According to still other exemplary embodiments of the invention, the invention is embodied in a computer system for administering consumer items and a computer program embodied on a computer-readable medium for administering consumer items. The computer system includes at least one user computer running a computer program that compiles the user profile relating to desired consumer items and accesses a database of items available from product and service providers. The computer program identifies relevant items according to the user profile. A system server runs a server program, wherein the user computer and the system server are interconnected by a computer network. The system server maintains at least a portion of the database of available items and effects implementing of the relevant items according to user preferences. The relevant items may be automatically implemented according to the automatic best choice service, or the user may be provided an opportunity to selectively implement the relevant items.

BRIEF DESCRIPTION OF THE DRAWINGS

These and other aspects and advantages of the present invention will be described in detail with reference to the accompanying drawings, in which:

FIG. 1 is a flow diagram of the basic procedure and system according to the present invention;

FIG. 2 shows the customer choices function in the flow diagram of FIG. 1;

FIG. 3 shows the optimizer function from FIGS. 1 and 2 in more detail;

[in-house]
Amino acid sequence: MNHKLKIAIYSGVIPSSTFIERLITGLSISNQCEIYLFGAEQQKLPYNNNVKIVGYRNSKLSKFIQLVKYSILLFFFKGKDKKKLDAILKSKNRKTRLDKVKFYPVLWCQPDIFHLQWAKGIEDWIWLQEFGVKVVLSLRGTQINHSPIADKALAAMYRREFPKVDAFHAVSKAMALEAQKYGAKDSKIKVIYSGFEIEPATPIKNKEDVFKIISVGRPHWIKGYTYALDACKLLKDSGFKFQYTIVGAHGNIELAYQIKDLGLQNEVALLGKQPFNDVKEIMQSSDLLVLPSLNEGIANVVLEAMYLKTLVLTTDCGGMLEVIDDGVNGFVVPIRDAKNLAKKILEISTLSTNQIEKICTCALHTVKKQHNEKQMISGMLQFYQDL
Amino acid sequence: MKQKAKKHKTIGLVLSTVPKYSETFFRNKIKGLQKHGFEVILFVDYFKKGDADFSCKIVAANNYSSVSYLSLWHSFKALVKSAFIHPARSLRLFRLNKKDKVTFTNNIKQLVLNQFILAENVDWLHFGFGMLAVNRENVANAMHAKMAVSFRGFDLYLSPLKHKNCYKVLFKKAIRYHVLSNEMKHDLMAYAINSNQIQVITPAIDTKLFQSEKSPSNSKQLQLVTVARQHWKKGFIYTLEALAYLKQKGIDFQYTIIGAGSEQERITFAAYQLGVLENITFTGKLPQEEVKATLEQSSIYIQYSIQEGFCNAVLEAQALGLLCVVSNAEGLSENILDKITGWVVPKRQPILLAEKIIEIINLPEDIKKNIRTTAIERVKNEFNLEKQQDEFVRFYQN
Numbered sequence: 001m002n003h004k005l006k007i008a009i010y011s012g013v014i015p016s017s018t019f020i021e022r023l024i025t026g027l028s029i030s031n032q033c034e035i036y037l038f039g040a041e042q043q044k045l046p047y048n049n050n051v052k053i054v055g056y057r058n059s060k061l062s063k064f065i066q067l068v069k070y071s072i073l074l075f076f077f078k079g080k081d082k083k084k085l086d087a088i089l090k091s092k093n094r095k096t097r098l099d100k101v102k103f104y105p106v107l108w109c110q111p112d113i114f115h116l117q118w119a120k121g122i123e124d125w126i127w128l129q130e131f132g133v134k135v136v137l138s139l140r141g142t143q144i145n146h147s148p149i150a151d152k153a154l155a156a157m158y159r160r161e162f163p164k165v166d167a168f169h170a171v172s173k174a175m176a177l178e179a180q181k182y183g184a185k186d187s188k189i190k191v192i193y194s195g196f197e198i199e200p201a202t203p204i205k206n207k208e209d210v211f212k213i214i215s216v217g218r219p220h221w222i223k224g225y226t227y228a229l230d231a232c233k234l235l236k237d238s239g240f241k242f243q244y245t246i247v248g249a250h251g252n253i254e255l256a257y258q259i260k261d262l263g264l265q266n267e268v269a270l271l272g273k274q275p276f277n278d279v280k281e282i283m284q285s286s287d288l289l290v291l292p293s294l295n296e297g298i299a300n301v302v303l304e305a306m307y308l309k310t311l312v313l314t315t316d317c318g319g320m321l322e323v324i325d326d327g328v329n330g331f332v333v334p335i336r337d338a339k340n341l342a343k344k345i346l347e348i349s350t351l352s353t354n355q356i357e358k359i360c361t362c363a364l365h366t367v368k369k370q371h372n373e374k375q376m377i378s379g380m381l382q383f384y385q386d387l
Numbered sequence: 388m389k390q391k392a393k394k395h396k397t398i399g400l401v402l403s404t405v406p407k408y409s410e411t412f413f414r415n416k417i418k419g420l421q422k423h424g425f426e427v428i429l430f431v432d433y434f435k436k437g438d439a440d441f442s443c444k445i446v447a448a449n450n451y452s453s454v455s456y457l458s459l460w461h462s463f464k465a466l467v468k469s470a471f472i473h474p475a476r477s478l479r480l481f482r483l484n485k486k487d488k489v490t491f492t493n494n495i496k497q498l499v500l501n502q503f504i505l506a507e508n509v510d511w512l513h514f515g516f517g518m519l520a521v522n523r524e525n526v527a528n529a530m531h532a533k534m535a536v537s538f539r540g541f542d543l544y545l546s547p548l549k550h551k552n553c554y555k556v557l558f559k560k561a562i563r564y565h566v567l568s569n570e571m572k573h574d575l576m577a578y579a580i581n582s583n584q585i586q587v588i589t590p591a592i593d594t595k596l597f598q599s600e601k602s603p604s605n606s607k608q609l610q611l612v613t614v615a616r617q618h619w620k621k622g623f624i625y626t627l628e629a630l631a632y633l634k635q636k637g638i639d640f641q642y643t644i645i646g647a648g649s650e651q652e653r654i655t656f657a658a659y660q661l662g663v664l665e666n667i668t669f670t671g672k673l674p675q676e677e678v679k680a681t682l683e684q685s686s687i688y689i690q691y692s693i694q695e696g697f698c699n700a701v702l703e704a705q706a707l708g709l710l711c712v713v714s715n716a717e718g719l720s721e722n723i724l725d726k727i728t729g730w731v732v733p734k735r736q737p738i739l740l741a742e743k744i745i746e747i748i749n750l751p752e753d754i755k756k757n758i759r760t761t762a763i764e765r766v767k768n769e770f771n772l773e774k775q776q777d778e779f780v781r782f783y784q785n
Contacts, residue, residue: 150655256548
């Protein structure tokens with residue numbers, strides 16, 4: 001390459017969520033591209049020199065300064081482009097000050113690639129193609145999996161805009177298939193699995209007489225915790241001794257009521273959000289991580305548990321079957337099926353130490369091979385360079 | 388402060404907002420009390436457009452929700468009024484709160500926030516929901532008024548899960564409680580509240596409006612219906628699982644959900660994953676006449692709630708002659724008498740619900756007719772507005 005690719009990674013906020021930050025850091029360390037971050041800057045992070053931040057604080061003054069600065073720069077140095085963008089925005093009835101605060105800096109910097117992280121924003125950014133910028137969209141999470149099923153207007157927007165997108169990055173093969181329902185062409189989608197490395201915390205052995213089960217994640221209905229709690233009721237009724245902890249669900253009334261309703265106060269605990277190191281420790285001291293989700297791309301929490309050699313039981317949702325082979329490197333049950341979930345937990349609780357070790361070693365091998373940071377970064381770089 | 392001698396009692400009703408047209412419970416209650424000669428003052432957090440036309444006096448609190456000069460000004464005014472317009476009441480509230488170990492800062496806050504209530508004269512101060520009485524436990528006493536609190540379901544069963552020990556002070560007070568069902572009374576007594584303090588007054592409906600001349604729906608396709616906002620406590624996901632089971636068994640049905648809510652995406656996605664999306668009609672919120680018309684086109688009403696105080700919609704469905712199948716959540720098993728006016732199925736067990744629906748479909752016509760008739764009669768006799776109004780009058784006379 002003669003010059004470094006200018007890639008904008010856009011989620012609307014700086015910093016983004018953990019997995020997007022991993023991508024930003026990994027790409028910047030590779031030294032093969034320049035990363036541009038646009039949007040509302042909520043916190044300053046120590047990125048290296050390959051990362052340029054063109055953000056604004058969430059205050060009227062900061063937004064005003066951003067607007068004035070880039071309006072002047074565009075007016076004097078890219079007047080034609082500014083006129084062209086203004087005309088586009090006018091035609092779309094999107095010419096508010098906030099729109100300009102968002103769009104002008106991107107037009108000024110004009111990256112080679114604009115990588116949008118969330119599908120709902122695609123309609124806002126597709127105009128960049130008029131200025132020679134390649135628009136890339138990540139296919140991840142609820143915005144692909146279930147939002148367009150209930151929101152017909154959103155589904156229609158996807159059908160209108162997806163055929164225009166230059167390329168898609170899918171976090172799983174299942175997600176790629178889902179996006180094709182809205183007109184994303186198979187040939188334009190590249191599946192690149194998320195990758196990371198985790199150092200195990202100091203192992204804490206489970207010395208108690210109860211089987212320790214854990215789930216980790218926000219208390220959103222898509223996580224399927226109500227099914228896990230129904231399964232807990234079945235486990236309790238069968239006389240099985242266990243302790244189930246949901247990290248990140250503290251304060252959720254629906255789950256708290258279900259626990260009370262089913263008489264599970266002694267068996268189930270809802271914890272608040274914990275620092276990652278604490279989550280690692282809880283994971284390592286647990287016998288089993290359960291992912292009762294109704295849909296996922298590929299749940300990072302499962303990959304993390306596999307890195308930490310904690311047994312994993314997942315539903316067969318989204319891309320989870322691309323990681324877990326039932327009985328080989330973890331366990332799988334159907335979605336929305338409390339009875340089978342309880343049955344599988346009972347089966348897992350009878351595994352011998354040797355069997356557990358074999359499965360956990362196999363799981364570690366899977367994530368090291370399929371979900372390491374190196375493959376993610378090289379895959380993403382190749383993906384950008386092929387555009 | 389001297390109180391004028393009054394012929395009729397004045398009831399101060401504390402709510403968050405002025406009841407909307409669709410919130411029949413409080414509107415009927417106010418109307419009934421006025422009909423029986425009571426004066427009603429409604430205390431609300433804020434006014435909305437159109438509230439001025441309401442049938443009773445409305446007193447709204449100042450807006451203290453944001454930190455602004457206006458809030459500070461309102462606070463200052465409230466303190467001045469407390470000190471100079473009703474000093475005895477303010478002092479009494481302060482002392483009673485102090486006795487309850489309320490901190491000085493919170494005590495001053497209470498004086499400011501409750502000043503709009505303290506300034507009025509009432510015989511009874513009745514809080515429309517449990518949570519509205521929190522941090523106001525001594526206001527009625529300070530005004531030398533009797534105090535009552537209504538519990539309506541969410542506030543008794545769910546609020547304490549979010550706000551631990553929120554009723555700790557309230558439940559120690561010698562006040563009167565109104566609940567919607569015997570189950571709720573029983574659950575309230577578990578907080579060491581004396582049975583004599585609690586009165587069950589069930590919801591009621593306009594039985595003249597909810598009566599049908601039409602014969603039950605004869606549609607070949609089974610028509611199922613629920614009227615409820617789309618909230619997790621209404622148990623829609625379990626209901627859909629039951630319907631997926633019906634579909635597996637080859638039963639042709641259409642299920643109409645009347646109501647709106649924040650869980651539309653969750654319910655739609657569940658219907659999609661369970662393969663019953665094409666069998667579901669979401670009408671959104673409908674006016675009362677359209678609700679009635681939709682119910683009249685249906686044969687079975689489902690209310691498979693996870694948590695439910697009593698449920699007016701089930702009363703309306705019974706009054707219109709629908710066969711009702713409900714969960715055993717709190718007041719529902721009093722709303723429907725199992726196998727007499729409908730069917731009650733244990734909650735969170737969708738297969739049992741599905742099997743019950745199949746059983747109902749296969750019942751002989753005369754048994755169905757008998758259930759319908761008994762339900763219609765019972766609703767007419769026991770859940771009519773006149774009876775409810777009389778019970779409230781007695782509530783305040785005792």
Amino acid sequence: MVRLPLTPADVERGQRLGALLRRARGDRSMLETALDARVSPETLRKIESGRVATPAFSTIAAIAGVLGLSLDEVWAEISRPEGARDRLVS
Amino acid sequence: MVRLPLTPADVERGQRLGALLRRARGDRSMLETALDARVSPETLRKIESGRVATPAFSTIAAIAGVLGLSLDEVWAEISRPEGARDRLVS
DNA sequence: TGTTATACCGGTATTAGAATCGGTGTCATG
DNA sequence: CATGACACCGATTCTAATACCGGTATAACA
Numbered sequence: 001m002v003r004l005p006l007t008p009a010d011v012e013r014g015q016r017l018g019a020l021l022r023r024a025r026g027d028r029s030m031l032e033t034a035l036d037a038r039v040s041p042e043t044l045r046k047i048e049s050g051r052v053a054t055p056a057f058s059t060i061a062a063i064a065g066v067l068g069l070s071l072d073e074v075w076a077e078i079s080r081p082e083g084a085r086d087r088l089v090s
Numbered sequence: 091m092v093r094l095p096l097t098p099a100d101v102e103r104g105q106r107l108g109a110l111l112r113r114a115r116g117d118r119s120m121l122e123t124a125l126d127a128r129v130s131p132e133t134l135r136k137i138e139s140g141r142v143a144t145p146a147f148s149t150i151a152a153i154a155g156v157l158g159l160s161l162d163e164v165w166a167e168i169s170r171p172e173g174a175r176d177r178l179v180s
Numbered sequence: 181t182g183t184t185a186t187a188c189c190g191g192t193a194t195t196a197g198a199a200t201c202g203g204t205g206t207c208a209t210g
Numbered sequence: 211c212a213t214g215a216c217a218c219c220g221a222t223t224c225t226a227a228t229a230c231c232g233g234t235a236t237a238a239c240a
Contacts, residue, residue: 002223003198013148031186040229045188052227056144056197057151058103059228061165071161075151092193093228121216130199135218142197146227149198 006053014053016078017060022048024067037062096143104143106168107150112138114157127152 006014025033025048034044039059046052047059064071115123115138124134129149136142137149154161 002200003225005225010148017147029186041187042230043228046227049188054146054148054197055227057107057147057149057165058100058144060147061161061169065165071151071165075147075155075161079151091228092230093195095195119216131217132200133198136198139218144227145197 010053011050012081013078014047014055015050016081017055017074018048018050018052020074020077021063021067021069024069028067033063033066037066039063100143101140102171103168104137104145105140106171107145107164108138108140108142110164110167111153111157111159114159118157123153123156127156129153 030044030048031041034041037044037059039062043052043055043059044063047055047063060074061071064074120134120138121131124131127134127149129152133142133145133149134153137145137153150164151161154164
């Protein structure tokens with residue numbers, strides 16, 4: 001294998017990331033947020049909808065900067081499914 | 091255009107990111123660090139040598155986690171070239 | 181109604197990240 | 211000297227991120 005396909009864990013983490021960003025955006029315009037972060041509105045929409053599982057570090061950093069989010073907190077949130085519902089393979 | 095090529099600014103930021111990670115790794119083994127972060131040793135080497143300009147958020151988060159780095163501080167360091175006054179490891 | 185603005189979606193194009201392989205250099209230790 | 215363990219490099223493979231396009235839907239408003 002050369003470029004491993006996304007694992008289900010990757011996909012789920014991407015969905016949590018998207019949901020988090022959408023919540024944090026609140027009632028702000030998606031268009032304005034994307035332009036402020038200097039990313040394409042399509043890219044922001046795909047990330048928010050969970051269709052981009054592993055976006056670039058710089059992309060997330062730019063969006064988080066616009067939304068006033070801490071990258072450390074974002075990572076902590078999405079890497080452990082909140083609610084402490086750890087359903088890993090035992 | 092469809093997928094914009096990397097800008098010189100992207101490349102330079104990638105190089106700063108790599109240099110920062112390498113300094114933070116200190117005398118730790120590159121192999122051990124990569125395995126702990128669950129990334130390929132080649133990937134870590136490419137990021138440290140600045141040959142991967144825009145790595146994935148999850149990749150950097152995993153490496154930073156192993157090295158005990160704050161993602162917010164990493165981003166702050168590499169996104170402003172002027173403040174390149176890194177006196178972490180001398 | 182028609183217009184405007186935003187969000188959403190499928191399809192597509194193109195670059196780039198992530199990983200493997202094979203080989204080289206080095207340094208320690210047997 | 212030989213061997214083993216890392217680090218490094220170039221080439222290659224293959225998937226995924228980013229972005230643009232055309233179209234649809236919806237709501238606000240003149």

FIG. 4 shows the monitoring and notification systems of the present invention; and

FIG. 5 is a schematic illustration of a computer system.

DETAILED DESCRIPTION OF PREFERRED EMBODIMENTS

The consumer item administration system implemented in the diagrams of FIGS. 1-4 is preferably a browser-based or other user interface system in which a program running on a user's computer (the user's web browser) requests information from a server program running on a system server. The system server sends the requested data back to the browser program, and the browser program then interprets and displays the data on the user's computer screen. The process is as follows (or performs the same overall basic function):

1. The user runs a web browser program on his/her computer.

2. The user connects to the server computer (e.g., via the Internet). Connection to the server computer may be conditioned upon the correct entry of a password as is well known. Alternatively, the service may not entail a server but may be embodied in software provided to the customer to run on his own computer or other device, or some combination of software and server functionality

3. The user requests a page from the server computer. The user's browser sends a message to the server computer that includes the following:

    • the transfer protocol (e.g., http://); and
    • the address, or Uniform Resource Locator (URL).

4. The server computer receives the user's request and retrieves the requested page, which is composed, for example, in HTML (Hypertext Markup Language).

5. The server then transmits the requested page to the user's computer.

6. The user's browser program receives the HTML text and displays its interpretation of the requested page.